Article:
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By July 4, 2022No Comments


The window at the far side of the room shattered, and slivers of glass cascaded like ice across the floor. Arctic air slammed into the room, as the curtains billowed inwards. It’s at moments like that when your training and reflexes kick in. Even before the first burst had finished, Saltanat was on her feet, reaching for the gun she kept on the bedside table. She aimed her gun at the door; no point in aiming through the window. Anyone who was going to attack would have to come up the stairs, unless they wanted to risk climbing a ladder to the first floor.

Saltanat passed the gun to me, and I waited for the door to explode inwards, watching as she quickly pulled on sweat pants and tee shirt. I passed the gun back to her, did the same, took my Makarov from the shelf above the bed. At close range, if I could see their eyes open in surprise, or even terror, I was as good a shot as I’d ever been.

I crawled towards the door, not caring if the glass splintered there carved up my knees, dragging smears of blood across the floor. Given the amount of A+ I’d recently lost, I decided a little more spillage wouldn’t be the end of the world.

‘Get Otabek,’ I mouthed to Saltanat, but she was already on her way, crouched low, barefoot and uncaring about the glass everywhere. I duck walked out of the room, waited at the top of the stairs. The main door had been locked and bolted when we went to bed, but from the sounds of it, someone was using a police-issue battering ram to smash through the locks. Not professionals; it’s always easier and quicker to smash out the hinged side of a door. They seemed to be making a good job of it through, and I flinched as the door gave way, followed by a fusillade of bullets.

Again, not the work of professionals; it might be what happens in the movies, but in real life, you don’t empty your gun at a target you can’t see. Do that and while you’re reloading, someone smarter than you steps out of cover, takes aim and puts three rounds in a tight circle into your chest.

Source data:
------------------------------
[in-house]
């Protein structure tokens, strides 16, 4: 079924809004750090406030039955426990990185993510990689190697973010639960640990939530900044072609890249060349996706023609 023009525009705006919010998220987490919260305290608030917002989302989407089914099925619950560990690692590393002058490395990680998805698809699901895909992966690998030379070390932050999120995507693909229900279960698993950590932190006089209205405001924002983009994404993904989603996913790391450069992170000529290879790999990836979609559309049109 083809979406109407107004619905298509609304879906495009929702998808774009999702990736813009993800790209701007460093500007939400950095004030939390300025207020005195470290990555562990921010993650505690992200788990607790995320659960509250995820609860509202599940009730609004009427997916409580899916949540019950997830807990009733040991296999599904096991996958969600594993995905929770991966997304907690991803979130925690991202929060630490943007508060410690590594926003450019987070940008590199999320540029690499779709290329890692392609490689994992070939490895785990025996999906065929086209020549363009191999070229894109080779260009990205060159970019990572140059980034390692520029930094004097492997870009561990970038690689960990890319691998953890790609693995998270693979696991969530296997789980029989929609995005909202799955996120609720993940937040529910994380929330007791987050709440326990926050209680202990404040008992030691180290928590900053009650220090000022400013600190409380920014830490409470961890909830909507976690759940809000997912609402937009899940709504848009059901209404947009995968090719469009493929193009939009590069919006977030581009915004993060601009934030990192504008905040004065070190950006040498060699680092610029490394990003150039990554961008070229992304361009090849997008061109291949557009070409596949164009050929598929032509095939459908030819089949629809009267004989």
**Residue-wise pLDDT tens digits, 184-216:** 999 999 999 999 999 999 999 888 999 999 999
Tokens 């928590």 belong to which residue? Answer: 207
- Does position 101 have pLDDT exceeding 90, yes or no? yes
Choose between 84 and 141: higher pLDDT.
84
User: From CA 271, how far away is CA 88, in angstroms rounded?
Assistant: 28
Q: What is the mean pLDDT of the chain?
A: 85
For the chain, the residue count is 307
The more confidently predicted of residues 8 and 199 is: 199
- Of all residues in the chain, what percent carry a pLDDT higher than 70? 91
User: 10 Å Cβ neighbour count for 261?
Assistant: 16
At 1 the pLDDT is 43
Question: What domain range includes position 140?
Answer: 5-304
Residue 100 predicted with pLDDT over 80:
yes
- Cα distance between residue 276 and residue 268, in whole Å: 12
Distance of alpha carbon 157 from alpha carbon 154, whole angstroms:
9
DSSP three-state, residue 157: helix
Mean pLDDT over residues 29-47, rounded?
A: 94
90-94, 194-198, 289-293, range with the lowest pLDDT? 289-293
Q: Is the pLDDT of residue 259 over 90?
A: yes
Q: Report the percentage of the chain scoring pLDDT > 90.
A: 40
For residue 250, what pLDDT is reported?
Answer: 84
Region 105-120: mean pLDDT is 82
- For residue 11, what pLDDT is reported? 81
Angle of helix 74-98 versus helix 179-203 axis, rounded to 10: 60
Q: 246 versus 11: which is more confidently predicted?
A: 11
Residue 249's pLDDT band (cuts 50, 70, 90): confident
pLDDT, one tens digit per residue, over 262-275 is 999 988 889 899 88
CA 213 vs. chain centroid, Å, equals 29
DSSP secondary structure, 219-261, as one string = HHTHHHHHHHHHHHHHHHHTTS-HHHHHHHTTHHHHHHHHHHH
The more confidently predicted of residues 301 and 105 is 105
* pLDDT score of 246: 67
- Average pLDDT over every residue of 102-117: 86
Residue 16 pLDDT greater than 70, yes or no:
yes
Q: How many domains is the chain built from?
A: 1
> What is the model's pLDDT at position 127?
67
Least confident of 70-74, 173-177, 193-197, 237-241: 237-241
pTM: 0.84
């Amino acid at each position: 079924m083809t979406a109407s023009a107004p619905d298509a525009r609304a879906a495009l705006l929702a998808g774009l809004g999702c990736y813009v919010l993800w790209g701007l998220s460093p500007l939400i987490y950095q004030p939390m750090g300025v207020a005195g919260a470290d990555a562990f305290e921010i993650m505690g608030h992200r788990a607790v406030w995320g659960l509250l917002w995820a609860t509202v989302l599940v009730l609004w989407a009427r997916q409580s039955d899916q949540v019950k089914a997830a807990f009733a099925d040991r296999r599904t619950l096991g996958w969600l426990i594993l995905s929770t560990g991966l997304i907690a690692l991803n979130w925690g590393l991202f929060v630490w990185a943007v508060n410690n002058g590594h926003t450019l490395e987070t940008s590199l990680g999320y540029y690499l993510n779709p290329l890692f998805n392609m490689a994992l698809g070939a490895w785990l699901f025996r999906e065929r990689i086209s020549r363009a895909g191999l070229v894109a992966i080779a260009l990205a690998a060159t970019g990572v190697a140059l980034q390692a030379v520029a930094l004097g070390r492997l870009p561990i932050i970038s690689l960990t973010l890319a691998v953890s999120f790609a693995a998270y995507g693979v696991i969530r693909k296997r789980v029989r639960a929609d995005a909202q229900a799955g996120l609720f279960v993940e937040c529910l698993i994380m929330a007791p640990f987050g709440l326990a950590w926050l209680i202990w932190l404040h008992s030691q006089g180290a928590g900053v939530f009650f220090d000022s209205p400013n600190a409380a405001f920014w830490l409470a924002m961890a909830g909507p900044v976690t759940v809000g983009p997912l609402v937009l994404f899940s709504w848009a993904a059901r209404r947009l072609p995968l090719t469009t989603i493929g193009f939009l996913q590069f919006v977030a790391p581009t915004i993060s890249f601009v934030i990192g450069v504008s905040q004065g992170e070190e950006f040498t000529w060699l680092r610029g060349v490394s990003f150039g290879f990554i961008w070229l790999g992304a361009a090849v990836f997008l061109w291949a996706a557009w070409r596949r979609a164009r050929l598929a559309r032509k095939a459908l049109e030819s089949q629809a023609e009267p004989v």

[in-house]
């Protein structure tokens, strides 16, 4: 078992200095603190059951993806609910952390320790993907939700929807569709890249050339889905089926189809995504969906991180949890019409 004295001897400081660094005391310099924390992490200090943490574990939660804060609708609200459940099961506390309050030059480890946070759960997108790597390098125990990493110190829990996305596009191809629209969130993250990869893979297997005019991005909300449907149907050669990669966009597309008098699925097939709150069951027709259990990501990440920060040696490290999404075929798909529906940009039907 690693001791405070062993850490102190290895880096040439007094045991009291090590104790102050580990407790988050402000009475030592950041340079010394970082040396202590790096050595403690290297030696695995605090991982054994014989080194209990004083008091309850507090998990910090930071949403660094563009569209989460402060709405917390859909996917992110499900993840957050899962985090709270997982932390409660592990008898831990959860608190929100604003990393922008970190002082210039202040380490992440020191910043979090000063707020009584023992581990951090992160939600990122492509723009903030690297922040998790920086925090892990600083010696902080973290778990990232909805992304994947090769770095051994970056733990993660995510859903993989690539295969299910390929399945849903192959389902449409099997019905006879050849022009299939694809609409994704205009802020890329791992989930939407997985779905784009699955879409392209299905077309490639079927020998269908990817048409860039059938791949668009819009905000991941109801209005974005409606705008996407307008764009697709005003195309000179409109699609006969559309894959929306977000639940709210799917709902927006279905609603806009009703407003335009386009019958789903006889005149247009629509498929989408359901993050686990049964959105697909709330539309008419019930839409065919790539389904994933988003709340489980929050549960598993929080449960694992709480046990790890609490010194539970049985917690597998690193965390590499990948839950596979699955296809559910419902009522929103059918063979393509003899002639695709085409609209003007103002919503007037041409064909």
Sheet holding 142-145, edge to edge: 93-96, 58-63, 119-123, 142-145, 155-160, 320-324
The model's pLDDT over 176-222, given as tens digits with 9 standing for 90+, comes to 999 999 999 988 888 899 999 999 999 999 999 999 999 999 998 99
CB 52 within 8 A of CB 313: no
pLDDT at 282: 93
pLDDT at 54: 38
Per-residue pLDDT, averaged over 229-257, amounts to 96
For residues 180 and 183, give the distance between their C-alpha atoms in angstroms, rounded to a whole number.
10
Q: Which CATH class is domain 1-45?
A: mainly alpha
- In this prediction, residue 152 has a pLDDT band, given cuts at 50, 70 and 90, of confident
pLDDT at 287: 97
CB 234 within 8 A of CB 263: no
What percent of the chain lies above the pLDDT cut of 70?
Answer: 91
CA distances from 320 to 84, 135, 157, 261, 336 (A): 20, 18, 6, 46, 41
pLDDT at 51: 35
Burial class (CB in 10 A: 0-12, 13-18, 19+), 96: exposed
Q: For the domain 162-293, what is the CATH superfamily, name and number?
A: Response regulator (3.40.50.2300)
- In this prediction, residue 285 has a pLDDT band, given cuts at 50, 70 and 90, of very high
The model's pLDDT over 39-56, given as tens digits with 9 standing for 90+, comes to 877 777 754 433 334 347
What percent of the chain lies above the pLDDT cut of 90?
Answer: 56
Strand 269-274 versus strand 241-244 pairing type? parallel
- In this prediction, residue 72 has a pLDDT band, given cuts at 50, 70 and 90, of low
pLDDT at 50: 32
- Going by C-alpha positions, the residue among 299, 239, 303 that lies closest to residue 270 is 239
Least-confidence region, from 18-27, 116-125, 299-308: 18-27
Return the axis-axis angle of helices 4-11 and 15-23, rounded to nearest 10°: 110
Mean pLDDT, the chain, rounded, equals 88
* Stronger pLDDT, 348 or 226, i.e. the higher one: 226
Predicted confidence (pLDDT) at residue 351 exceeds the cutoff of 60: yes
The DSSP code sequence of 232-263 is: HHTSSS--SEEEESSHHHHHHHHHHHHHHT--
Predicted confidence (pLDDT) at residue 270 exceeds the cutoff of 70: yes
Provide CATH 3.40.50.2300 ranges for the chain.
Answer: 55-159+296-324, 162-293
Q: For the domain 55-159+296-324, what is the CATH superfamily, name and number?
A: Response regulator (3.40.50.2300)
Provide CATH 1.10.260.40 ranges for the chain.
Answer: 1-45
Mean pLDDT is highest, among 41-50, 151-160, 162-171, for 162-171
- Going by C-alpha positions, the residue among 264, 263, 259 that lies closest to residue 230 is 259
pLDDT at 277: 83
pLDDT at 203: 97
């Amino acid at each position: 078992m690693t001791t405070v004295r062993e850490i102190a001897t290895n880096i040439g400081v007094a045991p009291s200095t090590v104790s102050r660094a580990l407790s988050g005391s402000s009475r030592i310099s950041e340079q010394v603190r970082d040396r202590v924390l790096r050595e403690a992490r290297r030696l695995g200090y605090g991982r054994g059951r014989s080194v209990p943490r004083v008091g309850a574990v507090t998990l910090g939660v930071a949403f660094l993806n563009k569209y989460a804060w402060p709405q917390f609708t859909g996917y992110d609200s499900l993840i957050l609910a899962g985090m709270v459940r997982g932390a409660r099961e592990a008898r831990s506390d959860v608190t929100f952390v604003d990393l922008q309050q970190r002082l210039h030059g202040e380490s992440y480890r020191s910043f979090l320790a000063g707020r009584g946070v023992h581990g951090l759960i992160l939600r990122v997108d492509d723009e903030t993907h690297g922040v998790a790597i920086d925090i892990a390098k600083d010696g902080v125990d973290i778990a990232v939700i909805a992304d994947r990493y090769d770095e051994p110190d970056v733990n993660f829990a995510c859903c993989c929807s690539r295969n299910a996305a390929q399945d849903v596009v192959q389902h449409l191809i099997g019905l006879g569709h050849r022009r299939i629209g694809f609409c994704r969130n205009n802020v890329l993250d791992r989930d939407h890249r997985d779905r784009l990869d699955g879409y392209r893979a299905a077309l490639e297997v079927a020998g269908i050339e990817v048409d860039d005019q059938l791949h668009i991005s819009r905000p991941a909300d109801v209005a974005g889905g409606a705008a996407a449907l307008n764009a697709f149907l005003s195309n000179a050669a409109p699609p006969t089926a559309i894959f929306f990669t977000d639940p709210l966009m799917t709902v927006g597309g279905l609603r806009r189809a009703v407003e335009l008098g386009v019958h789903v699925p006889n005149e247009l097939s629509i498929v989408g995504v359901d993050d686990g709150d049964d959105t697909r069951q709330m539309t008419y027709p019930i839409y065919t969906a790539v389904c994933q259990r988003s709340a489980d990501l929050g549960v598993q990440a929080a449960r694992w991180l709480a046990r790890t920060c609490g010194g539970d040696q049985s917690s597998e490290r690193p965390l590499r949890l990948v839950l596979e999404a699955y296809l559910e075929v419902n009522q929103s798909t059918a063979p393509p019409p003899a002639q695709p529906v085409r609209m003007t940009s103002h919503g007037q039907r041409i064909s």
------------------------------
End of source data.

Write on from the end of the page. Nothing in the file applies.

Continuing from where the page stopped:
Right now, I had no way of knowing who we were up against, or how many. The only advantage I had was that I was shooting down, while whoever appeared in the hallway would be shooting up. Amateurs usually fire high, and the recoil drags their arm up higher. I didn’t care if they blew the ceiling about me into a blizzard of plaster; it would only make me harder to target, and I needed all the help I could get.
A mirror on a rod emerged in the doorway, tilted upwards to try and spot me. The problem with those is that you need to look pretty closely at the image to make any sense of what’s going on. I aimed, fired a single shot that shattered the glass. The rod dropped to the tiled floor and a scream bounced off the walls. Sometimes you get lucky and the bullet ricochets into the body of the spotter. Other times, the flying glass carves your initials into his face, perhaps blinds him, takes him out of the fight. One down, who knew how many left.

The string of curses that came up the stairs were imaginative, but I’d been called worse. Any cop who gets upset being sworn at doesn’t last very long on the streets of Bishkek, or anywhere for that matter.
I didn’t turn around as Saltanat joined me, jerked my head towards the shattered door. She nodded, and out of the corner of my eye, I saw that she’d brought an AK-47 from one of the other rooms. I should have felt pity for the men outside; in the hands of an expert like Saltanat, an AK-47 can deliver a hundred rounds in sixty seconds. All that’s left after that are shreds and gobbets of meat. I hoped there would be one person left standing who’d be able to scrape his friends off the gravel.

Another burst of gunfire tore long splinters out of the stairs and handrail, but nothing near enough to cause us problems. Saltanat pumped bullets into the doorway, and even above the noise we could hear screams of pain.

Gun smoke hung in the air and over the bannisters the way mist drapes itself over trees at dawn, the reek of cordite sour and intense rising upwards. I knew it was time for us to leave. The neighbours would have heard the firestorm, hid in their own homes, called the police. I didn’t think my new identity and passport would hold up under a police interrogation.

I looked over at Saltanat, who was holding the hand of a terrified Otabek, his eyes wide and wet with tears, his body shaking with fear. He clung to Saltanat as if the world would end if he ever let her go. I felt a sudden rage at the people who could do this to a small boy who had already suffered more pain and fear than most of us experience in a long lifetime.

Then Otabek staggered back, falling towards me. I caught him, helped him slide to the floor. As always, he didn’t speak. It was only when I looked at him, saw the wound that had torn away part of his skull, exposing a soft jelly of brains, that I realised he would never speak again.

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